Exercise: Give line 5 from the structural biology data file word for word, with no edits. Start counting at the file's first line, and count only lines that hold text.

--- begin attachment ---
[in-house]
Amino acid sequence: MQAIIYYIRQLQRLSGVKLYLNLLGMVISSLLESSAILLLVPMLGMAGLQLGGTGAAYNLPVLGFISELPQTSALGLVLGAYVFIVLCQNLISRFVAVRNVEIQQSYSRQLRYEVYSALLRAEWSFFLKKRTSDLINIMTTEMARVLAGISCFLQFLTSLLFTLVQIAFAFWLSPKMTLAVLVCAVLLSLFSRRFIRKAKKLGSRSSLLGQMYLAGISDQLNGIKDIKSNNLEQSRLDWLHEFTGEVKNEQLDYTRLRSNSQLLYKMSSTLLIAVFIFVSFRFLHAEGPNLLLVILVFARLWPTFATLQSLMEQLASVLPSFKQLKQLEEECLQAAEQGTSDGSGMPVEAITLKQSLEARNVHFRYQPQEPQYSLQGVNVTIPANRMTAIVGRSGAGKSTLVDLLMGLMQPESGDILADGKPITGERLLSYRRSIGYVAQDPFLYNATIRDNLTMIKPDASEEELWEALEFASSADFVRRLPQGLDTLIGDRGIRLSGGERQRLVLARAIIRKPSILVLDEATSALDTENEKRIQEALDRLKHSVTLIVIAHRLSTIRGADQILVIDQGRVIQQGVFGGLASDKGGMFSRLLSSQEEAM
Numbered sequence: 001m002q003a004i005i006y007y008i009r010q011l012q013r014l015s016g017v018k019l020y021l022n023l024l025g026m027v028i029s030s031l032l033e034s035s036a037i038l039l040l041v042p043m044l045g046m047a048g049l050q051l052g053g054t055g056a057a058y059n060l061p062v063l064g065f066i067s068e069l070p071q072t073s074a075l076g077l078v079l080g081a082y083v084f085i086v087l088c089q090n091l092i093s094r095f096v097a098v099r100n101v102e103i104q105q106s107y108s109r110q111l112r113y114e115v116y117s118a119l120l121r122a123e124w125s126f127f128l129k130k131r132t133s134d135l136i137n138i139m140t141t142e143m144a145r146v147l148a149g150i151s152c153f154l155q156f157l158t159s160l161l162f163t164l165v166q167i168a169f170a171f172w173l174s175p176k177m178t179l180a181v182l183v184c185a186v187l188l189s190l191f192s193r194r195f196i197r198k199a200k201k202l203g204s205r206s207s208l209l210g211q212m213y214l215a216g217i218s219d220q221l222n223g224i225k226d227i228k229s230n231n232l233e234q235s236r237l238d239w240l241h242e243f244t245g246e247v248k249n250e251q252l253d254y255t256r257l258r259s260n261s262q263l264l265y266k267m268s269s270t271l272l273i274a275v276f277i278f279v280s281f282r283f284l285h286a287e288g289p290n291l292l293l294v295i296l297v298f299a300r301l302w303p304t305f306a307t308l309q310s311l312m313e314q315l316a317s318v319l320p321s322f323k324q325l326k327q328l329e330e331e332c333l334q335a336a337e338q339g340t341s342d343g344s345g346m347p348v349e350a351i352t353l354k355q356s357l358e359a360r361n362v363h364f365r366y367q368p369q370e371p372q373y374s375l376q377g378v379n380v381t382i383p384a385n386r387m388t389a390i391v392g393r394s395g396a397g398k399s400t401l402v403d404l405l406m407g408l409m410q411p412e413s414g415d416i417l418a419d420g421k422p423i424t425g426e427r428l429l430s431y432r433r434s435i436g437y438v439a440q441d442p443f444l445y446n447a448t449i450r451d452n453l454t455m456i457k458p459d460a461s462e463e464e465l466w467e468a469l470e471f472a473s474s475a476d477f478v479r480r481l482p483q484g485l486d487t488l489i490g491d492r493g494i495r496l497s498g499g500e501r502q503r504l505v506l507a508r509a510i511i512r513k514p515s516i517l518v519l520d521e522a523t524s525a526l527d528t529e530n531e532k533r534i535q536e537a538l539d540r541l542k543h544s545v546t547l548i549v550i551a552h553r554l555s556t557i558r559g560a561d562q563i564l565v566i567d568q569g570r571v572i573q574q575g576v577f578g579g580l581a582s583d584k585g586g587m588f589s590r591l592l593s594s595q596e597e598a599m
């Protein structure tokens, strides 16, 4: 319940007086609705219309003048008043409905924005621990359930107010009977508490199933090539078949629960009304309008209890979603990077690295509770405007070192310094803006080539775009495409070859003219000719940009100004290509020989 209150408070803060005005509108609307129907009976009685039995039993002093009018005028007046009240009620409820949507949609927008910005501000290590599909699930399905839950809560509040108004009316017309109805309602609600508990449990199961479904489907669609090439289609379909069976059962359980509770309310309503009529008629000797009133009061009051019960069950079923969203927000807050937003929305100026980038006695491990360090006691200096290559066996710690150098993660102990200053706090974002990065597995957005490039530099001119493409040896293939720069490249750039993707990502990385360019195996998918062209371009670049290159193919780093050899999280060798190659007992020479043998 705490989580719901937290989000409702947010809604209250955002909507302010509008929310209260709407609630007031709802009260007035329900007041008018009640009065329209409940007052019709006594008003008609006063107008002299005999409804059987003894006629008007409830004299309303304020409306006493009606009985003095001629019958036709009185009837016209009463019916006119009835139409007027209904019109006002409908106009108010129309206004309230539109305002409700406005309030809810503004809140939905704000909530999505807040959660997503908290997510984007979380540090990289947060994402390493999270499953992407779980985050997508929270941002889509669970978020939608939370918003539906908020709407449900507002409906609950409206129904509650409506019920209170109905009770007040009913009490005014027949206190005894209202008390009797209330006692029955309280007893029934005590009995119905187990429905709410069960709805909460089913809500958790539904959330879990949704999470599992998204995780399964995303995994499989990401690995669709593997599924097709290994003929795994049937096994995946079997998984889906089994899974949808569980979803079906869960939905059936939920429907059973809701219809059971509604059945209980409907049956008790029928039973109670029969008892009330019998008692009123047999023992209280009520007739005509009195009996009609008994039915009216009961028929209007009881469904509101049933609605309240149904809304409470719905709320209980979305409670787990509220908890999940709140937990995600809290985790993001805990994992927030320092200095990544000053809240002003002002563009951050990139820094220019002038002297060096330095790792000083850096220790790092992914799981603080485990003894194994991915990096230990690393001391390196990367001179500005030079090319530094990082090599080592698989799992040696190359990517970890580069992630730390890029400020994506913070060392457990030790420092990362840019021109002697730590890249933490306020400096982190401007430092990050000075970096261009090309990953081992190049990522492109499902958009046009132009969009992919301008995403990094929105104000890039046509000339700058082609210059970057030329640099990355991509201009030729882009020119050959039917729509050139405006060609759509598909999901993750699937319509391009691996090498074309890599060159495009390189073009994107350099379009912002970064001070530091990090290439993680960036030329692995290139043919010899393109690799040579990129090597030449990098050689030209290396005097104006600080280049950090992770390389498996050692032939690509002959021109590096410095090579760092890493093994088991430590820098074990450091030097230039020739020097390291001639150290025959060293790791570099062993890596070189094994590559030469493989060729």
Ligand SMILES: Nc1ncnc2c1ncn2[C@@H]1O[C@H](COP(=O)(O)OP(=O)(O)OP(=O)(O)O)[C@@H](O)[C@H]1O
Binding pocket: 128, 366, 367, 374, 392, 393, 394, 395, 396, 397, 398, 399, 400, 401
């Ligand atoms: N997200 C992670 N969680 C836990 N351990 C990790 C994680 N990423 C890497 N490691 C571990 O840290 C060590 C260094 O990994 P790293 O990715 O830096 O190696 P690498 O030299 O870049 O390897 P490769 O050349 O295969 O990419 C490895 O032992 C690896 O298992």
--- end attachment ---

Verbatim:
Ligand SMILES: Nc1ncnc2c1ncn2[C@@H]1O[C@H](COP(=O)(O)OP(=O)(O)OP(=O)(O)O)[C@@H](O)[C@H]1O